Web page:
Nicotine, the addictive agent found in cigarettes and e-cigarettes (in lower amounts) is reportedly used by athletes to drive performance. The Word Anti-Doping Agency (WADA) has classified the agent as part of its monitoring program but is not banning the substance. It seems rather preposterous at first, to consider that nicotine may be seen as a doping substance.
But according to journalist Andreas Chazy, athletes sometimes smoke a cigarette strategically; say just before a cycle journey. The truth is, nicotine increases blood pressure and heart beat. Interestingly, in the 1900s, soccer played used to chew tobacco before, during, and after a competition.
Considering all the negative side effects of smoking tobacco, let alone chewing in, athletes have begun to take it in without the harmful effects of smoke. The use of smokeless tobacco products through e liquid flavours is growing, along with nicotine gums and patches. Some of the best e liquid UK products can be found on no1 e juice.
“Indeed, active nicotine consumption in ice hockey, skiing, biathlon, bobsleigh, skating, football, basketball, volleyball, rugby, American football, wrestling and gymnastics was found to range between 19.0 and 55.6%.” – Marclay et al., 2011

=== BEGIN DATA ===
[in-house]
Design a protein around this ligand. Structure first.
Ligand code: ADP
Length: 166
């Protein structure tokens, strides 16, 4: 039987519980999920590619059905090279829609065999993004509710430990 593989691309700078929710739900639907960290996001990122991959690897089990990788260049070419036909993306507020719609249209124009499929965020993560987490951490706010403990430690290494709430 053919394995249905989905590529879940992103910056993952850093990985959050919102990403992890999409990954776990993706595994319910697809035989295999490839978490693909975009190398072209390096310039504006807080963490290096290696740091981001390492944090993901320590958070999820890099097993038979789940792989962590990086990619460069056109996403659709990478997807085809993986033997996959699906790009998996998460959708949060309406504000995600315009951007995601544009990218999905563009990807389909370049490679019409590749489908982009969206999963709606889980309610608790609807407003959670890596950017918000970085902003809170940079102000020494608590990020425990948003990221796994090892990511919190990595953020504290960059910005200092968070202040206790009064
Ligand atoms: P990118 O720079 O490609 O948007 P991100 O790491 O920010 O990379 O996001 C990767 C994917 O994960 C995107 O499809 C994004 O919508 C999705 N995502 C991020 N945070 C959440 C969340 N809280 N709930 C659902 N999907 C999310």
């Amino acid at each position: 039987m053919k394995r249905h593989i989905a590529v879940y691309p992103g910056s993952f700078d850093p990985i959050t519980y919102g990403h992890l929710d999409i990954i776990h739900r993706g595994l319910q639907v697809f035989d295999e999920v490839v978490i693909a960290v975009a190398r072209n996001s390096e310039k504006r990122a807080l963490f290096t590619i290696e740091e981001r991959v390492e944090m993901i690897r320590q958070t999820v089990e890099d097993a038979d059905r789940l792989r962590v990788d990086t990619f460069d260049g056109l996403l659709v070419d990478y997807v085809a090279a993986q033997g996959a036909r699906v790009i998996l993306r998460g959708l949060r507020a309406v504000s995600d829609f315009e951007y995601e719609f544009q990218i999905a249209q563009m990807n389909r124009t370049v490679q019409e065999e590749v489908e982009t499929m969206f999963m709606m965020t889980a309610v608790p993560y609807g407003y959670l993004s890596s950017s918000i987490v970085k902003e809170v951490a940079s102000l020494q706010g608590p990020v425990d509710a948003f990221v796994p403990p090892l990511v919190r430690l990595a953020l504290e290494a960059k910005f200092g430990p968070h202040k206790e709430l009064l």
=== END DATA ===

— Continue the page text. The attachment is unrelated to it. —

Nicotine consumption is especially prevalent in American football, where over 50% of players consume the substance. Nicotine also apparently plays a significant part in appetite suppression, meaning athletes may gain an advantage in being able to maintain their body composition throughout the season. It also provides:
- Enhanced concentration
- Improved blood circulation
- Placebo effect of improving performance
There’s no evidence to suggest that nicotine improves muscular performance, which is why we suggest that the performance advantage athletes supposedly gain from nicotine, is nothing but a false dichotomy. In actuality, nicotine can cause muscle cramps, which is why the athletes that do use it, do so conscientiously.
Prolonged long-term ingestion of nicotine also has adverse effects on the body. It may take some time for nicotine to be classified by the WADA as a prohibited substance, but either way, those that use it need to be careful about its use. The answer as to whether nicotine is compatible with level sports is a delicate question.
On the one hand, nicotine is popular with athletes for a reason. On the other, the long-term effects associated with consuming nicotine are perhaps not so clear to see. Naturally, that may mean athletes are making a short-term gain (that seems relatively small – with no evidence to suggest improved muscular performance) at the cost of a long-term loss.